The starting unity of the Lakers with Davis in 4 and Drummond in 5 is particularly brutal: in the regular season, the rosters with these two together were outclassed by 3.5 points per 100 possessions. Take that number with a grain of salt because LeBron missed most of those minutes – but that’s certainly not an encouraging sign.
Getting Davis up to 5th, as coach Frank Vogel did in the last playoffs, would help the Lakers on both sides of the field. In defense, Davis is much better suited to corral the Suns’ staggered screens for Devin Booker that troubled the Lakers so much in Game 1. And on offense, Davis has been a much more effective scorer at 5 in both seasons as a Laker. This is because as a center he shoots from better places on the floor.
Playing alongside Drummond forces Davis to step away from the rim, where he’s a phenomenal finisher, and move into the less productive midrange areas. And the Suns are clearly focused on exploiting Drummond’s lack of spacing to neutralize Davis’ athletic advantages. Watch the moments of Davis’ exit in three representative shots when Drummond was in the game – and notice all of those bodies in the painting, preventing Davis even from approaching the basket.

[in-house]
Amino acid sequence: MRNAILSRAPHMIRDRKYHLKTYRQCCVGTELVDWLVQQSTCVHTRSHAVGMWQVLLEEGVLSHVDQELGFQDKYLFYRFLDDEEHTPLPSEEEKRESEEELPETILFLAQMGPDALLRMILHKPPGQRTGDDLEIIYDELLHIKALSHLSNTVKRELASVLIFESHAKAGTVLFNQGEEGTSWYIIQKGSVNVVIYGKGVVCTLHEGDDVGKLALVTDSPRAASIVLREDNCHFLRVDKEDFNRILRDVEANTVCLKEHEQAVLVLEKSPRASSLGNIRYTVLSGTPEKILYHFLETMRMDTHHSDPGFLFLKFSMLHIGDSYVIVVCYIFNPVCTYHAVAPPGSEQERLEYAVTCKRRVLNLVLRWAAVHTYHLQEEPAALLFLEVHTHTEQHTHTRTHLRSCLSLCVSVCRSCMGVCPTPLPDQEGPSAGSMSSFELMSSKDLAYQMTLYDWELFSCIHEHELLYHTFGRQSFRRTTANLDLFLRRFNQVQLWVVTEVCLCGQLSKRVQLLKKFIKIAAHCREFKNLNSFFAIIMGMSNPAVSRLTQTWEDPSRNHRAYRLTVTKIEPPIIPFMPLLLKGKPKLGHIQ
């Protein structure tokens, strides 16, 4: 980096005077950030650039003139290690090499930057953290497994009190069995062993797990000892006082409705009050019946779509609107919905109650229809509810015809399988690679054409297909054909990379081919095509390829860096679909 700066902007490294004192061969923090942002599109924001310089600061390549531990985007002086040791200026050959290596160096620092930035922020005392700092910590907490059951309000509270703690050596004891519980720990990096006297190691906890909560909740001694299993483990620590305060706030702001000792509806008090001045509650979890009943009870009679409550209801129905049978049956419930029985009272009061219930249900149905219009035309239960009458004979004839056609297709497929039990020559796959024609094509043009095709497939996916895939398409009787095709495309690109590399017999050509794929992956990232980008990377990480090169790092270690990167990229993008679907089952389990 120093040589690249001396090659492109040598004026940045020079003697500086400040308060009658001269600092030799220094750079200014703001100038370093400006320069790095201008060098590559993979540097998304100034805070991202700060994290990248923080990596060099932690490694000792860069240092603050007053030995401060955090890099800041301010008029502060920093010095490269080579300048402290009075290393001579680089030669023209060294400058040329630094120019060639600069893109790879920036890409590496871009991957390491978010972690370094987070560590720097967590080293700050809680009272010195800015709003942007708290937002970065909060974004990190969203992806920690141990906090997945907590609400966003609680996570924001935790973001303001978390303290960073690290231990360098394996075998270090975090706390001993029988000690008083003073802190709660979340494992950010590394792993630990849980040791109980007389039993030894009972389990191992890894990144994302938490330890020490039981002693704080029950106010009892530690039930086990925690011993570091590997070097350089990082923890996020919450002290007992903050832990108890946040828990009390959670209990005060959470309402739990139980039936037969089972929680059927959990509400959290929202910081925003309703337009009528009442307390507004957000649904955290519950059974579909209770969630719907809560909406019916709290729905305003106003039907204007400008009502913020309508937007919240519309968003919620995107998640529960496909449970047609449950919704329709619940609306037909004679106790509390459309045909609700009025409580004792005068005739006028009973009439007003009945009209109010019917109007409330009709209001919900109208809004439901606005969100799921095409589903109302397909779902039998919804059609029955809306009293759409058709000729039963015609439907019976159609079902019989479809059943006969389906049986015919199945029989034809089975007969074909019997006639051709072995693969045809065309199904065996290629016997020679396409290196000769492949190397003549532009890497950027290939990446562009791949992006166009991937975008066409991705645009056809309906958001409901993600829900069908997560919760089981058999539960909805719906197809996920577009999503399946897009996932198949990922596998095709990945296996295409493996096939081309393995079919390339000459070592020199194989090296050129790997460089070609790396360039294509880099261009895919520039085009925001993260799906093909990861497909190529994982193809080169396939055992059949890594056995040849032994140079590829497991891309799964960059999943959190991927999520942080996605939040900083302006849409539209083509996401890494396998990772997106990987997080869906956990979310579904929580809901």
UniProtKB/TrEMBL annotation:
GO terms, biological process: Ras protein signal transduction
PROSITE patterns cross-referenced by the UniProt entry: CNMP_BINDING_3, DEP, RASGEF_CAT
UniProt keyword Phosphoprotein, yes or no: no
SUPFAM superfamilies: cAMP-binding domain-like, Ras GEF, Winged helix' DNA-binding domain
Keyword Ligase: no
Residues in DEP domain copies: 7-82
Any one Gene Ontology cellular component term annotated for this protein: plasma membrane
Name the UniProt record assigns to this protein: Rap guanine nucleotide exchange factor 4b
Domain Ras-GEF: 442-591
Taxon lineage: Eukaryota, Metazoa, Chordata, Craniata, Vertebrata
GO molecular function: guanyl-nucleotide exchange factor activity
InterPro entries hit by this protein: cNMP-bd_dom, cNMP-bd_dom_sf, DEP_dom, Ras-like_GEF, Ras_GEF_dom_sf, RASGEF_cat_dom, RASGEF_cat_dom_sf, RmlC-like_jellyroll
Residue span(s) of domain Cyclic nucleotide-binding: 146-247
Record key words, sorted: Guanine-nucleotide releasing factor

Conversely, Davis collected two dunks with Drummond out of play, with more room to maneuver around the rim.
To be fair, Davis always struggled when Drummond came off the floor in Game 1, when Ayton was playing the best and most important game of his young career. Davis only shot 2 for 9 with Ayton as the main defenseman, per Second Spectrum. But over a larger sample, Davis’ punch distribution pattern is clear, and scoring against someone, even Ayton’s size, shouldn’t be a problem for him. Defensive game data can be erratic, but in the last playoffs Davis was more effective when shooting crosses than forwards.
On that list, Davis must score in clusters. Beyond Davis and LeBron, no Laker has averaged more than 10.7 points per playoff game en route to last year’s title. While Drummond, Harrell, and fellow rookie Dennis Schröder offer theoretical scoring improvements, they’re not even guaranteed to be on the floor in the most important moments. And the Suns don’t seem concerned about Los Angeles’ fragile collection of perimeter shooters, who average the second-worst 3-point percentage of the regular season among playoff teams. (Only wizards were worse.)